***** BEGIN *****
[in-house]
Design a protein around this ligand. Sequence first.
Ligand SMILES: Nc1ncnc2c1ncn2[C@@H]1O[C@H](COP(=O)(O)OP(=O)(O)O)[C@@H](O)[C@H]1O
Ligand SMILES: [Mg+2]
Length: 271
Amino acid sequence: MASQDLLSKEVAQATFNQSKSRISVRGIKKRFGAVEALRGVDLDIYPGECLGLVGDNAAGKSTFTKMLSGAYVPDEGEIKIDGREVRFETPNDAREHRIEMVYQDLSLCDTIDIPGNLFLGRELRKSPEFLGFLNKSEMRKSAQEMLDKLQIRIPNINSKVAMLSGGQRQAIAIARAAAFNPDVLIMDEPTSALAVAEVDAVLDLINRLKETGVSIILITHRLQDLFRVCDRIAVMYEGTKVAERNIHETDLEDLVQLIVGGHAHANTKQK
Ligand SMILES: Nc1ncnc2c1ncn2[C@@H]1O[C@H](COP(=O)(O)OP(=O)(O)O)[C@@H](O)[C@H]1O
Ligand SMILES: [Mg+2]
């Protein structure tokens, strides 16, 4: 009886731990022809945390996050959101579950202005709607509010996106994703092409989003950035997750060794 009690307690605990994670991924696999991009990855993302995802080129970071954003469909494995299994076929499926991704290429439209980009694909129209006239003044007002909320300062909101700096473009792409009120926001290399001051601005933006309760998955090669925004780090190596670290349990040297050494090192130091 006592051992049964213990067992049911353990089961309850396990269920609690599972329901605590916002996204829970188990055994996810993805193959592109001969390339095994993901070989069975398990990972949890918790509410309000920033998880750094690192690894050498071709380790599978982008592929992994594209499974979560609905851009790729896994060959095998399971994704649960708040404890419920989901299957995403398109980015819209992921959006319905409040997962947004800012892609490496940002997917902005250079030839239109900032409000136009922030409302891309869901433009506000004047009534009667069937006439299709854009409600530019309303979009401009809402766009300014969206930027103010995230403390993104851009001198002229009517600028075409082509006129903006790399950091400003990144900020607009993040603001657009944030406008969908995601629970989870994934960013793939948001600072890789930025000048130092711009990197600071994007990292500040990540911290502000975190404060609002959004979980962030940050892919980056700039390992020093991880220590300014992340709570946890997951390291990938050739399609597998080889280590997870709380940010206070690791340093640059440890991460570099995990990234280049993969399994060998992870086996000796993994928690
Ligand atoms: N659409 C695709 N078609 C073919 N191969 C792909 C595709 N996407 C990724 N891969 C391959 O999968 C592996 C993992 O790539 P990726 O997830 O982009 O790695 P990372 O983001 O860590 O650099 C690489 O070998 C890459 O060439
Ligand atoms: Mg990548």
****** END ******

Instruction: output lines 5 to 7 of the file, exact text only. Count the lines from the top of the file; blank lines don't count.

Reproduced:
Length: 271
Amino acid sequence: MASQDLLSKEVAQATFNQSKSRISVRGIKKRFGAVEALRGVDLDIYPGECLGLVGDNAAGKSTFTKMLSGAYVPDEGEIKIDGREVRFETPNDAREHRIEMVYQDLSLCDTIDIPGNLFLGRELRKSPEFLGFLNKSEMRKSAQEMLDKLQIRIPNINSKVAMLSGGQRQAIAIARAAAFNPDVLIMDEPTSALAVAEVDAVLDLINRLKETGVSIILITHRLQDLFRVCDRIAVMYEGTKVAERNIHETDLEDLVQLIVGGHAHANTKQK
Ligand SMILES: Nc1ncnc2c1ncn2[C@@H]1O[C@H](COP(=O)(O)OP(=O)(O)O)[C@@H](O)[C@H]1O